Friday, 28 March 2014
Before Nail Guns Were Invented
By Carl Hansen
Some weeks ago, I read a news item about a man who committed suicide by shooting himself with a nail gun. Alhough I have seen these tools in use in recent years - most recently when our roof was re-shingled after a damaging hail storm - I have never owned or rented one, and using one for self-harm seems almost impossible to believe.
I learned how to use a hammer from my father long before nail guns were invented. The only danger from using hammers in those days came from the possibility of swallowing one of the nails some carpenters liked to hold in their clenched teeth or, of course, smashing a finger if it got in the way of a descending blow.
Little did I know that the fact that Dad took time to teach me the proper way to hold a hammer when I was very young would later pay off in a big way when I became a carpenter’s apprentice.
The Monday after summer vacation began and I was old enough to do so, I followed my Dad’s advice to check in with the carpenter’s local to see if there might be area projects needing an apprentice. I was there when the doors opened, dressed for work with my tools and a lunch box in my car.
Almost immediately, a call came in requesting two apprentices be sent to the same construction project. Since there were only two of us on hand that morning, we were both sent on our way.
When we arrived, we were assigned to work with a journeyman carpenter. He ran the big Dewalt power saw cutting plywood and two-by-fours that we then nailed together to create the forms used when concrete was poured for a bridge being erected on the northeast side of Denver.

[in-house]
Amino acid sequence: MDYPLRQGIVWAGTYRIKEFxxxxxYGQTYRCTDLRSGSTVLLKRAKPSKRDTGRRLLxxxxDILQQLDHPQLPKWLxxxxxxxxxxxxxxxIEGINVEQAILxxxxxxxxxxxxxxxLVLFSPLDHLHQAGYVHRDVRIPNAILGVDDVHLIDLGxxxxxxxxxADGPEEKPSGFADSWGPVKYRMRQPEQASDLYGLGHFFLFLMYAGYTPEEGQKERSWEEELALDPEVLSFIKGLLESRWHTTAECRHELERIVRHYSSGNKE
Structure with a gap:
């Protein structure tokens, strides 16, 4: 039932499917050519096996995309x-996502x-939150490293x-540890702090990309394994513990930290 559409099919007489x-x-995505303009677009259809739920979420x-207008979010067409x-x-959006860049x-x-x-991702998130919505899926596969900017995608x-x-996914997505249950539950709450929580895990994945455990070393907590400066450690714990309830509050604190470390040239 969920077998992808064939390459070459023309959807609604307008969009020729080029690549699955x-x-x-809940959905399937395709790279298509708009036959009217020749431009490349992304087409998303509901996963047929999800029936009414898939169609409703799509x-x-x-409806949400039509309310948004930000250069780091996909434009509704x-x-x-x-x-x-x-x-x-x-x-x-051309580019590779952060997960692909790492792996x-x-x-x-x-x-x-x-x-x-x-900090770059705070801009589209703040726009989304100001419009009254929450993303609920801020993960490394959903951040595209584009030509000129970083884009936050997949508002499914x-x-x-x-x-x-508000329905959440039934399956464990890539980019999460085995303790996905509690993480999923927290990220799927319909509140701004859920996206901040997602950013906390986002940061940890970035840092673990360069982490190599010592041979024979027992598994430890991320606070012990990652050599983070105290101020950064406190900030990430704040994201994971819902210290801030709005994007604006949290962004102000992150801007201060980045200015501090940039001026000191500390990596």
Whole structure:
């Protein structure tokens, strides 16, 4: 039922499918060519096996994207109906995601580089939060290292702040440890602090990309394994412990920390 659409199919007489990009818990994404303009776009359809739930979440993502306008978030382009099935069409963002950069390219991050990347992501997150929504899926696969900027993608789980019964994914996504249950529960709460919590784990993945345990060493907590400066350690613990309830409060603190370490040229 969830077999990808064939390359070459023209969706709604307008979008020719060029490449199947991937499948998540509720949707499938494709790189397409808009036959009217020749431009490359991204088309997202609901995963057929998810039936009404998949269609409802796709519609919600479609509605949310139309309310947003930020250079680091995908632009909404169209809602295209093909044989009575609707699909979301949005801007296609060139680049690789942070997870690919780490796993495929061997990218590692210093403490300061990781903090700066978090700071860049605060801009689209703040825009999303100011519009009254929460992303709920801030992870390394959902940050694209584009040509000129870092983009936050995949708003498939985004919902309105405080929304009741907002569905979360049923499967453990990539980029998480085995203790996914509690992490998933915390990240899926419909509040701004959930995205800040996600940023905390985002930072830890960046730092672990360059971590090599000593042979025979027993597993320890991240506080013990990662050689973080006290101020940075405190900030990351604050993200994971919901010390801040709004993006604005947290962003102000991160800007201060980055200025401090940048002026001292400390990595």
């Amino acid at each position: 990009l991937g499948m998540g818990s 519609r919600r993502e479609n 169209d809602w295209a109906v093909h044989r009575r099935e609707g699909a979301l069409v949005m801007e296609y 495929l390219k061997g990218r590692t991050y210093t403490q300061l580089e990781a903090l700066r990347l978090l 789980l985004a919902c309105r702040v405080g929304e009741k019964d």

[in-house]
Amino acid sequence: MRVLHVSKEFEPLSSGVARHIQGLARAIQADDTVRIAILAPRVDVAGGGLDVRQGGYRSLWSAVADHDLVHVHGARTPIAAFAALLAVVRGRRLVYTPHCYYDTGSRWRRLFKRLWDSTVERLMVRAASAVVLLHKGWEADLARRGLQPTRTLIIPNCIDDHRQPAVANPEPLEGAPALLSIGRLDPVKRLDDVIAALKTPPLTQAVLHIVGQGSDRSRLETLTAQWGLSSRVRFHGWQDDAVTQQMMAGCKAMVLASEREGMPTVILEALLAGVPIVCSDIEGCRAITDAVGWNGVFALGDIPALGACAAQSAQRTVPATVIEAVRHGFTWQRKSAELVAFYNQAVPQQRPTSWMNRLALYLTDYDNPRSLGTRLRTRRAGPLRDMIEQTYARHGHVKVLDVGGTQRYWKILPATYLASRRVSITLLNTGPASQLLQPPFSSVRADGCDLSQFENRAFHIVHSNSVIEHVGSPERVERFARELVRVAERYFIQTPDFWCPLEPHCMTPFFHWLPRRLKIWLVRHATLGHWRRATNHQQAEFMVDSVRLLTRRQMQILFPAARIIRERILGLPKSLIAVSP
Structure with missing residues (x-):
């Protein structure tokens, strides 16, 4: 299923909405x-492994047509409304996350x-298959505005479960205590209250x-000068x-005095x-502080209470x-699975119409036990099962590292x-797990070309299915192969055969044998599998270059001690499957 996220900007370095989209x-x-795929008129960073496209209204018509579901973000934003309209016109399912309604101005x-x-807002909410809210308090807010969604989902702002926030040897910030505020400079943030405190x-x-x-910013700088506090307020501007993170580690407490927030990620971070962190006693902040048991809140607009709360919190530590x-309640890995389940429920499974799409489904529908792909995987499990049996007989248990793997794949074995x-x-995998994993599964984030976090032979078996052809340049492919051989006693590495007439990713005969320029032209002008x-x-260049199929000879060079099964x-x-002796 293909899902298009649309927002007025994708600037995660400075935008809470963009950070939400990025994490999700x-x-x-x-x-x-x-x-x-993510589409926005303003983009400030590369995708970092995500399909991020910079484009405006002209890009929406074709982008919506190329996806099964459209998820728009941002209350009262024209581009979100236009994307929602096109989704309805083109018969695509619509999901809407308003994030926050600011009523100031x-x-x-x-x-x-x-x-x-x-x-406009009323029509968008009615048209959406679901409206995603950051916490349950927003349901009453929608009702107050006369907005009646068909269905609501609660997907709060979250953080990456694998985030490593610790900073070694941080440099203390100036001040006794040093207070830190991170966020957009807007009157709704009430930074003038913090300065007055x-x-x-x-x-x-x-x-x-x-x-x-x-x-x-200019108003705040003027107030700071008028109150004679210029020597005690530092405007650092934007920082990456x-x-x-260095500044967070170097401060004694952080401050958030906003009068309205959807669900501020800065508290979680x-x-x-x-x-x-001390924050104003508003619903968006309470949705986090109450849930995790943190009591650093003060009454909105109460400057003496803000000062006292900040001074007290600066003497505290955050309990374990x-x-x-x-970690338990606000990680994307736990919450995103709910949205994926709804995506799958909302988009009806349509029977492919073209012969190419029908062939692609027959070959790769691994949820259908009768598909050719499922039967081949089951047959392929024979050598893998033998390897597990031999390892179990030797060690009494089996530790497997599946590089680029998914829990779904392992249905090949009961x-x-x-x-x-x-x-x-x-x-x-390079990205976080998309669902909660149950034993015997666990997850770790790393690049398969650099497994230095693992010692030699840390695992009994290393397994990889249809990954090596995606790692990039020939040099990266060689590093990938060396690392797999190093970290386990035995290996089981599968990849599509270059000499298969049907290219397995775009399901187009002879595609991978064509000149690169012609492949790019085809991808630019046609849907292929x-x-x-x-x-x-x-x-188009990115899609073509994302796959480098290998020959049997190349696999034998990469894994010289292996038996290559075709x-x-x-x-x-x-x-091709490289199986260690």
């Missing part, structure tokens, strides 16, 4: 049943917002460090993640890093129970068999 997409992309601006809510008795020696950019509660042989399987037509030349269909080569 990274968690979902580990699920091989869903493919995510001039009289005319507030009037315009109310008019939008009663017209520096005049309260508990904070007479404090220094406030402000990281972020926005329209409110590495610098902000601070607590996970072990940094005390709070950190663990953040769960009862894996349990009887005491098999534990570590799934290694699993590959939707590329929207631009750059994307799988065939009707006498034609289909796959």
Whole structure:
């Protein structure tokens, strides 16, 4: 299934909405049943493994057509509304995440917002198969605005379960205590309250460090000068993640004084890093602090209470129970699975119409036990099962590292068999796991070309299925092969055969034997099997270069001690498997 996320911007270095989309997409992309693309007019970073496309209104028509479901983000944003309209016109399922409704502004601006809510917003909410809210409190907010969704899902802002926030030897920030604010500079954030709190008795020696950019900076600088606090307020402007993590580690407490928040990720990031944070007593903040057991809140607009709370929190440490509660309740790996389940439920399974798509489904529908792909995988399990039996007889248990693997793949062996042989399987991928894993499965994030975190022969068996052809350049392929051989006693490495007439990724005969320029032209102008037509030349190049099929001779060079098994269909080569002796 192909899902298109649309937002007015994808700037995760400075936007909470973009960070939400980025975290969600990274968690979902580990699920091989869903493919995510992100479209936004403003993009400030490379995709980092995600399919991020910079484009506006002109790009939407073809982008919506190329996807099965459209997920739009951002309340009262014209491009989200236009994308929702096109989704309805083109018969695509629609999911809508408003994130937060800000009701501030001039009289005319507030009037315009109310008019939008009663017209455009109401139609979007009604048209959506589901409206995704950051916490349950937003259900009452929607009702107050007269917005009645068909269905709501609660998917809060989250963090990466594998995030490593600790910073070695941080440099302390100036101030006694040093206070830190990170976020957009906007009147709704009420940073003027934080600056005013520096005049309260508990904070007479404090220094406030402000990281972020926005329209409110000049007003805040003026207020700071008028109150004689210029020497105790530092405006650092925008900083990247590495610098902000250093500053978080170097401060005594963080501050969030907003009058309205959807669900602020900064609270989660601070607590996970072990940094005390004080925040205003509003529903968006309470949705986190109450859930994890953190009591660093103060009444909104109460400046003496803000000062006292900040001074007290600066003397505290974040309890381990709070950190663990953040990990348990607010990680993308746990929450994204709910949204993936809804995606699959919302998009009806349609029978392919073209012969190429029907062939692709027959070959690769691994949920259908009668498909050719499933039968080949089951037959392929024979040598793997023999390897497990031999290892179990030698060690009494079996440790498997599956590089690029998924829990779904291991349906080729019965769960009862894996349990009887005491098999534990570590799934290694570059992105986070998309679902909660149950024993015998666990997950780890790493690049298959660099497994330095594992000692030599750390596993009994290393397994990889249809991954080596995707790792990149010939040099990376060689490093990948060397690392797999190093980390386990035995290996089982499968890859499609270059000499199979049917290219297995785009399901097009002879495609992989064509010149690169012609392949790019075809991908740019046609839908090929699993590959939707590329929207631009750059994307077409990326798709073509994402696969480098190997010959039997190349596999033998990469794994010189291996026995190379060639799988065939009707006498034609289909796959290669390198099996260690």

When lunch time came, the experienced carpenter alerted us to the fact that the “super” on the project needed only one apprentice. His practice was to ask that two be sent out from the union hall so he could observe their work skills and make a decision on which one to keep on the job.
We were told that shortly before quitting time that afternoon, he would be stopping by with a check for the one he had decided to let go.
By that point in the day, I had learned enough about the other apprentice to realize that he had a few more years of work experience as an apprentice than I. Thinking I would be the one sent away, I resigned myself to the idea that I’d be heading home and then would have to go back again to the union hall the next morning hoping another construction project in the area might need my fledgling skills.
But around 4:00PM when the “super” appeared, he did not call my name. It was the other apprentice who gathered up his tools and headed for his car.
Relieved, I finished the work day and was told what time to be on hand the next morning. Along with the relief, however, was the question of how and why the super had asked me to stay when the other apprentice seemed to be far more experienced than I.
A few days later, I worked up the courage to ask how he made his decision. The answer made me ever-so-thankful for my dad’s patient instruction the first few times I picked up a carpenter’s primary tool.
“It’s quite simple,” he said. “Someone taught you the correct way to hold a hammer. You hold yours at the far end of handle. The other apprentice choked up on the handle of his hammer almost to its head. You can’t get enough leverage that way to drive nails into a board.”
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